Barrister's director Andy Antippas has long harbored a gothic appreciation for things mortal and gruesome, so this Horror expo was probably just a matter of time even if it was actually curated by Tony Campbell. Much of this is prankish, if sometimes accomplished, as we see in Generic Art Solutions' David and Goliath, a large photographic reprise of the great Caravaggio classic. Here the subjects appear dressed as contemporary urban slackers as Campbell holds a bloody machete in one hand and the severed head of Matt Vis in the other, in an image that explores the parallels between biblical parables and National Enquirer headlines while highlighting the visceral shock value of both.
The psychically charged spaces between humor and horror have long been a concern of Jessica Goldfinch, who in this show continues her jocular explorations of such lighthearted topics as anatomical deformities and fetal anomalies, all rendered colorfully on little blobs of Shrinky Dink media, a longtime favorite of the munchkins among us. Not much larger but much more monumental in appearance is her Water Bearer, a cold, cast-bronze bust of a hydrocephalic toddler looking Napoleonic as he gazes at the world in the shadow of his imposing cranium. Less familiar but no less imposing are her miniature works on paper that suggest freakish Victorian gynecological engravings. Goldfinch may be on to something here, as genetic horror hits especially close to home in this unsettling time of gene modifications that occasionally go awry. Also imposing are Dennis McNett's demonic masks, horrific visages that meld the tribal aesthetics of northwestern Native Americans with contemporary tattoo and graffiti culture into something distinctly unholy, eerily familiar yet (hopefully) remote.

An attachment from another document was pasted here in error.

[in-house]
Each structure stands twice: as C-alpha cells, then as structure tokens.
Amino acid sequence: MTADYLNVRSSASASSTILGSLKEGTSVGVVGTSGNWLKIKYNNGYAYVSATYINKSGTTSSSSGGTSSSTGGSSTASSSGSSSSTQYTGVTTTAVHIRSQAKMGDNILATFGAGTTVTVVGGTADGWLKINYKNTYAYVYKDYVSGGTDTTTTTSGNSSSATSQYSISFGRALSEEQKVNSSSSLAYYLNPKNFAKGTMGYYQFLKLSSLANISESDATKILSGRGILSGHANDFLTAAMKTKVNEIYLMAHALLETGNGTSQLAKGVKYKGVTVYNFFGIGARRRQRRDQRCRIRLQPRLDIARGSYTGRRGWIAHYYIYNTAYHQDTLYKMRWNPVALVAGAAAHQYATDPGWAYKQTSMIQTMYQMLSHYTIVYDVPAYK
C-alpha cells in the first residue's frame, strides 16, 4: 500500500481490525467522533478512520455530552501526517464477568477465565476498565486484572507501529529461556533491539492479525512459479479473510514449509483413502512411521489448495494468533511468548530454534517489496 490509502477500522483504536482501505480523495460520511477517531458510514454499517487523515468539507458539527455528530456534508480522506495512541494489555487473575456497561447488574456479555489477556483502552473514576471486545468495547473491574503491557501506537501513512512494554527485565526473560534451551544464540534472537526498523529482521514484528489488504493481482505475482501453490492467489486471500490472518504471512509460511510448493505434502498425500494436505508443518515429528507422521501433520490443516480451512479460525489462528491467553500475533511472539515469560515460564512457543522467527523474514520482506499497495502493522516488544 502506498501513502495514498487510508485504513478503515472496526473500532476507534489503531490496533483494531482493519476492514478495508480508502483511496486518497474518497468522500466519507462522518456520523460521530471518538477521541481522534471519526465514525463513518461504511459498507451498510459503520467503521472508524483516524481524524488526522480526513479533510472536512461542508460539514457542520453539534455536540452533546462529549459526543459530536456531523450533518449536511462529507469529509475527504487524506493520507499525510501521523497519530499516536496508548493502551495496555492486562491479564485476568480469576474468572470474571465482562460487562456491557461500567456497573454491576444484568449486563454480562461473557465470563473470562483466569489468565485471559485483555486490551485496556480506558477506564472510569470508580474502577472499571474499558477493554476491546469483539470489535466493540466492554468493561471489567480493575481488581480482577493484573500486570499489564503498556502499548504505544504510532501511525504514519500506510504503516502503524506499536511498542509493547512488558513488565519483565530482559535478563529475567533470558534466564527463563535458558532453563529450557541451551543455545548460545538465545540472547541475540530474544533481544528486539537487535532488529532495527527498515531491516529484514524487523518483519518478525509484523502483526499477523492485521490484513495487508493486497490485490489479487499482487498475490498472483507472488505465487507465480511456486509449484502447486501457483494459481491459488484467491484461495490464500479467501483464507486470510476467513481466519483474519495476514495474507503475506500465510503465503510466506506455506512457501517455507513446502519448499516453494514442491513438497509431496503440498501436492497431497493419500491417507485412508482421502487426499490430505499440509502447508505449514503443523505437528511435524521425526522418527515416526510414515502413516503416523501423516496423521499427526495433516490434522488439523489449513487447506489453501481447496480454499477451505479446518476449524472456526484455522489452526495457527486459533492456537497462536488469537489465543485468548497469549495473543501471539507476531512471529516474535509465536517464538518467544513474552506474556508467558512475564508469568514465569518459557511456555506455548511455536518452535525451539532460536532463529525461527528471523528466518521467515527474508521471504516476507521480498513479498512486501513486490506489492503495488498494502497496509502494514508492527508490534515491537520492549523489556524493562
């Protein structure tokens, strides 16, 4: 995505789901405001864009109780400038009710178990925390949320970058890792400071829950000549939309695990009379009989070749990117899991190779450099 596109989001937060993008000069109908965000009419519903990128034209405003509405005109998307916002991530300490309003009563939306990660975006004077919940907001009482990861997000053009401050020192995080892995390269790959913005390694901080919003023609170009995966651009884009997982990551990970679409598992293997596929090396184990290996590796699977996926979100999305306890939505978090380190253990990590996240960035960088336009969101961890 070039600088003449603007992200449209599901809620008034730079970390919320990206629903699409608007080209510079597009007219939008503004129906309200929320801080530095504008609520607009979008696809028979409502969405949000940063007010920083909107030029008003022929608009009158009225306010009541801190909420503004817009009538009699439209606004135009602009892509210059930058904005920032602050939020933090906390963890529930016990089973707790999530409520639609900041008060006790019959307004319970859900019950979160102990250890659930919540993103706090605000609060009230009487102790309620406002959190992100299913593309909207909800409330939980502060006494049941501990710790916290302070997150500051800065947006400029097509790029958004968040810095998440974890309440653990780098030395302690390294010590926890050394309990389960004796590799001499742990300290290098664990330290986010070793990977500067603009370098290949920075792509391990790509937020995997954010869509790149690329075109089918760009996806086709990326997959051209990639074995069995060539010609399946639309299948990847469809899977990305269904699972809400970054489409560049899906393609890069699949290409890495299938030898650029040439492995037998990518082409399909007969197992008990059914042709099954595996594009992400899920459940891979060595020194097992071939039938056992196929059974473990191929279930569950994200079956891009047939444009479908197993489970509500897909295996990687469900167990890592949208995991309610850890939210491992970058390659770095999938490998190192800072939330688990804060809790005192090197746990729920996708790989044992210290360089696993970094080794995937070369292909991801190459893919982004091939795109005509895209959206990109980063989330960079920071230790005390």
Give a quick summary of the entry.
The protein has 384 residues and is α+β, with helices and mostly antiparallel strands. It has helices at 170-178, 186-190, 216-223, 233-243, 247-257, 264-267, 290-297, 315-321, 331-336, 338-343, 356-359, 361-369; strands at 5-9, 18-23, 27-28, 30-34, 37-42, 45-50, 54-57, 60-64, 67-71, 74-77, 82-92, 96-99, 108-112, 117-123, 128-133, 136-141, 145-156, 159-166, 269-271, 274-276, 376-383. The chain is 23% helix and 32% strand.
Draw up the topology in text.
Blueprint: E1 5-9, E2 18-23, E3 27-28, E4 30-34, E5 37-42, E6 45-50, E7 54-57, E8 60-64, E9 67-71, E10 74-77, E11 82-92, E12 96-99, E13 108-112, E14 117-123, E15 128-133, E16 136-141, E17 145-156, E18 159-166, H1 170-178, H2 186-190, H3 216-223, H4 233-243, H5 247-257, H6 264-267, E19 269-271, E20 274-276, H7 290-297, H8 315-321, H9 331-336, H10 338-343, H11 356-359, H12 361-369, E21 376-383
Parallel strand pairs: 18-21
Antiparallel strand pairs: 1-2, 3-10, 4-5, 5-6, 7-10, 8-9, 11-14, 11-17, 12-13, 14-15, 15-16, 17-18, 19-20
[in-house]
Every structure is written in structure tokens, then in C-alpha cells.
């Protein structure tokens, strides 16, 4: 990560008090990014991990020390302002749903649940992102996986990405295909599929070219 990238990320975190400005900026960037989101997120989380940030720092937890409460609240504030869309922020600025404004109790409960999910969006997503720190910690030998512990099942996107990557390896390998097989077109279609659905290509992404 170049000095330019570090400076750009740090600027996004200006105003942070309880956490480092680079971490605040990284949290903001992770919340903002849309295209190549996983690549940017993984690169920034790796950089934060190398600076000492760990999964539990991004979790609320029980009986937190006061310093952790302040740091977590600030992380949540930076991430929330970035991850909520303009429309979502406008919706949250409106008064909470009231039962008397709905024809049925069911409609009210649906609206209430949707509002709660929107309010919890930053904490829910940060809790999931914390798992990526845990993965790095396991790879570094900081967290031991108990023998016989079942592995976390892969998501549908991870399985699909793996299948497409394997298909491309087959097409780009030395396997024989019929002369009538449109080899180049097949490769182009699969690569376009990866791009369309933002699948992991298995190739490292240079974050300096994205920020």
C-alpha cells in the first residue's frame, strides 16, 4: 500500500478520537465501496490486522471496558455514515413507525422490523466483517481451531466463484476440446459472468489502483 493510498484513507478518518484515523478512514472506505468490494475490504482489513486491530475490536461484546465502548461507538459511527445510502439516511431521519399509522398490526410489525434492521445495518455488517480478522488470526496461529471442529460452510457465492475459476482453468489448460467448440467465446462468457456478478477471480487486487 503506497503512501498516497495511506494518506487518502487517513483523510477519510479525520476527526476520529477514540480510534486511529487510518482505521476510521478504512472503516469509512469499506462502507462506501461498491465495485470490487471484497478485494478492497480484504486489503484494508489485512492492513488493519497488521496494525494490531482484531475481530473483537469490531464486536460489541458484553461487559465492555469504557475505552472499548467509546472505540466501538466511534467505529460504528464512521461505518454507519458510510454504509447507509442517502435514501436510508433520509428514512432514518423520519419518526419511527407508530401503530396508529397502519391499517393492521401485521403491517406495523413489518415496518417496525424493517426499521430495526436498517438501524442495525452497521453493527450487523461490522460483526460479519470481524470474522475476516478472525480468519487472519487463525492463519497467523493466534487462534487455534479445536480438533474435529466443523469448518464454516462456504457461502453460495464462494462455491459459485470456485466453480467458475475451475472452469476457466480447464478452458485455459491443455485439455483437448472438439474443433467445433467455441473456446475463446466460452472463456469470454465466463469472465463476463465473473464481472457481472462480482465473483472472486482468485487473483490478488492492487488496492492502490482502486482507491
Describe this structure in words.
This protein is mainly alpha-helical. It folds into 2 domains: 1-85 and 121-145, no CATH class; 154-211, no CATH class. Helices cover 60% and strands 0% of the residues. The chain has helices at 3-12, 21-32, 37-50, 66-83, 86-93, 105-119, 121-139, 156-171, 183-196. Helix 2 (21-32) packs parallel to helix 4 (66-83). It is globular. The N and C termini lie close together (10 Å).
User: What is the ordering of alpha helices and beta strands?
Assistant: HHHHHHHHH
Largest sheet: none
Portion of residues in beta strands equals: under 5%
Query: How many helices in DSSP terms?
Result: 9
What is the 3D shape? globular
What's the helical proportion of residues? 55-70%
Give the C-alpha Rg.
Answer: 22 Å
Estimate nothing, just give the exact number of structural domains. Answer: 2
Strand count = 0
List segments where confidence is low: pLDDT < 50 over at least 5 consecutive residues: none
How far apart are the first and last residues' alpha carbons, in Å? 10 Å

The Echoic expo at Antenna is as visually and thematically coy as Horror is ham-handed. Curated by Natalie Sciortino-Rinehart, Echoic explores the subjective or psychological aspects of relationships in works by four locally based yet not very well known artists. Spare, enigmatic and almost monochromatic, Echoic exudes an aura not unlike some of John Cage's time- and silence-based compositions, and if the works are somewhat uneven, they function fairly well together as an installation. Even if no easy hooks or conceptual rope ladders are thrown to the viewer, just having that much visual starkness and stillness in one room makes for an interesting contrast to the prevailing attention deficit disorder of so much high-concept contemporary art. Some of the easier ones include A 53 Year Old Comfort Tower, a kind of 14-foot tower, or totem, of pillows suspended in a vertical sequence. Made from fabric, cotton balls, yarn, 'fluffy stuff" and 'dog hair," it's the artist's tribute to her mother, or maybe all mothers. Laura Gipson's see-through wire mesh chair containing castings of outstretched hands in the seat suggests the dualistic potential of intimacy to be either supportive or creepy. But my most " and least " favorite piece is Ariya Martin and Michael Winter's I Am Listening video, a view out the window of a house with nothing happening but gentle movements of tree branches in the breeze. It's utterly boring yet utterly eloquent in the way it evokes the unspoken mysteries that exist in all relationships, the sentient sea of silence that underlies those things we choose to remember. Or not.